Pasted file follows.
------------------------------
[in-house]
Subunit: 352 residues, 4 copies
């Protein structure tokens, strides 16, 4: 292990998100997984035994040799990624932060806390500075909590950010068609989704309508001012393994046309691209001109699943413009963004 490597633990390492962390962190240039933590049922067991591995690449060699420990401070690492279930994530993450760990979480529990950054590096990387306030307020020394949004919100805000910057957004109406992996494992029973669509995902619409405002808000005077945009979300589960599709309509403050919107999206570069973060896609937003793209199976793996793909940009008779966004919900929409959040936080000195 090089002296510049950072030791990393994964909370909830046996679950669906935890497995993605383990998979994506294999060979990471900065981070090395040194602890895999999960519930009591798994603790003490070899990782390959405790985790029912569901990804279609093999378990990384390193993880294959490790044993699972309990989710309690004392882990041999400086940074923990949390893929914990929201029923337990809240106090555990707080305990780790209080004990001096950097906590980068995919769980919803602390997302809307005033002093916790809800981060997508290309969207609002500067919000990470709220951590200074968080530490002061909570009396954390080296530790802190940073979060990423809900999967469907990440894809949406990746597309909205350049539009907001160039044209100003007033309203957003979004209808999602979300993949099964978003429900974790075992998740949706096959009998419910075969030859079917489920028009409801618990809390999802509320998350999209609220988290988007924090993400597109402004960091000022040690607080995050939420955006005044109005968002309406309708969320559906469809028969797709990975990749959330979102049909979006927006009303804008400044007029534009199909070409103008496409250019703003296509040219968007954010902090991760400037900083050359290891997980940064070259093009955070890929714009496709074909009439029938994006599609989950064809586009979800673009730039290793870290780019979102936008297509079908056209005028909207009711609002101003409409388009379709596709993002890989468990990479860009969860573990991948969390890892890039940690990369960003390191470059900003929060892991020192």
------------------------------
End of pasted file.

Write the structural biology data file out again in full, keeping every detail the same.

[in-house]
Subunit: 352 residues, 4 copies
């Protein structure tokens, strides 16, 4: 292990998100997984035994040799990624932060806390500075909590950010068609989704309508001012393994046309691209001109699943413009963004 490597633990390492962390962190240039933590049922067991591995690449060699420990401070690492279930994530993450760990979480529990950054590096990387306030307020020394949004919100805000910057957004109406992996494992029973669509995902619409405002808000005077945009979300589960599709309509403050919107999206570069973060896609937003793209199976793996793909940009008779966004919900929409959040936080000195 090089002296510049950072030791990393994964909370909830046996679950669906935890497995993605383990998979994506294999060979990471900065981070090395040194602890895999999960519930009591798994603790003490070899990782390959405790985790029912569901990804279609093999378990990384390193993880294959490790044993699972309990989710309690004392882990041999400086940074923990949390893929914990929201029923337990809240106090555990707080305990780790209080004990001096950097906590980068995919769980919803602390997302809307005033002093916790809800981060997508290309969207609002500067919000990470709220951590200074968080530490002061909570009396954390080296530790802190940073979060990423809900999967469907990440894809949406990746597309909205350049539009907001160039044209100003007033309203957003979004209808999602979300993949099964978003429900974790075992998740949706096959009998419910075969030859079917489920028009409801618990809390999802509320998350999209609220988290988007924090993400597109402004960091000022040690607080995050939420955006005044109005968002309406309708969320559906469809028969797709990975990749959330979102049909979006927006009303804008400044007029534009199909070409103008496409250019703003296509040219968007954010902090991760400037900083050359290891997980940064070259093009955070890929714009496709074909009439029938994006599609989950064809586009979800673009730039290793870290780019979102936008297509079908056209005028909207009711609002101003409409388009379709596709993002890989468990990479860009969860573990991948969390890892890039940690990369960003390191470059900003929060892991020192």